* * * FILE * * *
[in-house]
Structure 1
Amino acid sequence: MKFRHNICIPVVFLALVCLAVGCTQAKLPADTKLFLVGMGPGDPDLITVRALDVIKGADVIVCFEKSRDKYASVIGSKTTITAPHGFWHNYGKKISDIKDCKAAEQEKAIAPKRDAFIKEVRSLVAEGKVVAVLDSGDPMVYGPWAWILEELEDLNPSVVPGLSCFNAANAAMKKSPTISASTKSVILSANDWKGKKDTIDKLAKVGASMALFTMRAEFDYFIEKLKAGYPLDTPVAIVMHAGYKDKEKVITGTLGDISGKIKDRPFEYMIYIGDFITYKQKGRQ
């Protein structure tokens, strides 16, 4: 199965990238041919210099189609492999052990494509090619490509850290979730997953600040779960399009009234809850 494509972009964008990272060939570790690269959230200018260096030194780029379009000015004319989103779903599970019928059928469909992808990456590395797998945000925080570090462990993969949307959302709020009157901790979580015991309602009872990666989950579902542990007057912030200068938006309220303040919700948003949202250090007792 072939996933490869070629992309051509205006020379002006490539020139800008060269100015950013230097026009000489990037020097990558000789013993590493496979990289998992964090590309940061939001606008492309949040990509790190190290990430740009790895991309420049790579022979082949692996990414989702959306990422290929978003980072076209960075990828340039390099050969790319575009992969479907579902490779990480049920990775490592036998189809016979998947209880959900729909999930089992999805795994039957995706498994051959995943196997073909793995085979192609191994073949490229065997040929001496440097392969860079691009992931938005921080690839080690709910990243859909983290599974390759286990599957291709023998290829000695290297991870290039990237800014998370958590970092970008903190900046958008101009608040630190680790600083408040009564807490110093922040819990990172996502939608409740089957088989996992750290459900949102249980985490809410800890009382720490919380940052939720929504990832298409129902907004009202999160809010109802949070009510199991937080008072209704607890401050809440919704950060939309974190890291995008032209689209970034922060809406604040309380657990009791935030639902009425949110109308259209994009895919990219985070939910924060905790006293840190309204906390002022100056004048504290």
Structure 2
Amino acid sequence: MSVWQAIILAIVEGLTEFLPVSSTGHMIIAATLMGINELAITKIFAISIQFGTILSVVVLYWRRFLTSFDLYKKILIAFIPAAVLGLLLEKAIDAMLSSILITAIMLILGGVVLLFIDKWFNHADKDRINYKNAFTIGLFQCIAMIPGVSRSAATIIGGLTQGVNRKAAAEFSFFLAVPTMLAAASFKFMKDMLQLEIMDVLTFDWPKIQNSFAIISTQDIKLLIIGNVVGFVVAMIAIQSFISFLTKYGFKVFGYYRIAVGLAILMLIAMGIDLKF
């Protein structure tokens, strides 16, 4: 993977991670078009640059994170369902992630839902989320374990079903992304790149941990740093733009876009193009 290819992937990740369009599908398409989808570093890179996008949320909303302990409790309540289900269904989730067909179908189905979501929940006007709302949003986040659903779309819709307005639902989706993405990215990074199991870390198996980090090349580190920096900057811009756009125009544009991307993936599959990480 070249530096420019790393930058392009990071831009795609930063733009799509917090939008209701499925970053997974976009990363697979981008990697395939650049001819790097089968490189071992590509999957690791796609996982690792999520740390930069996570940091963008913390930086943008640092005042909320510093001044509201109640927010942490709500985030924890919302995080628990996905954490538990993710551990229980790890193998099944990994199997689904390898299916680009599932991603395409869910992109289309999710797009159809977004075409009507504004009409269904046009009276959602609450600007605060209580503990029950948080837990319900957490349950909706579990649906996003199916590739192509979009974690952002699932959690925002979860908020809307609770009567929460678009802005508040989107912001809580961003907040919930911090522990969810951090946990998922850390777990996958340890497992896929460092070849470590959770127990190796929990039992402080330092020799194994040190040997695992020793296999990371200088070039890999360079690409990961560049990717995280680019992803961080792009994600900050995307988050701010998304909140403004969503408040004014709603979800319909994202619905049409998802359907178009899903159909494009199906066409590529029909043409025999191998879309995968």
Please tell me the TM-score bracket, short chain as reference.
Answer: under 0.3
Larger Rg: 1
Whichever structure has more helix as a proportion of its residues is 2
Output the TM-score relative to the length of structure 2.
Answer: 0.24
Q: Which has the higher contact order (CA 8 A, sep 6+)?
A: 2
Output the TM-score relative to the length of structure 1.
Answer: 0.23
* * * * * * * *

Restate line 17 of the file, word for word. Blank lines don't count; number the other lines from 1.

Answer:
Answer: 0.23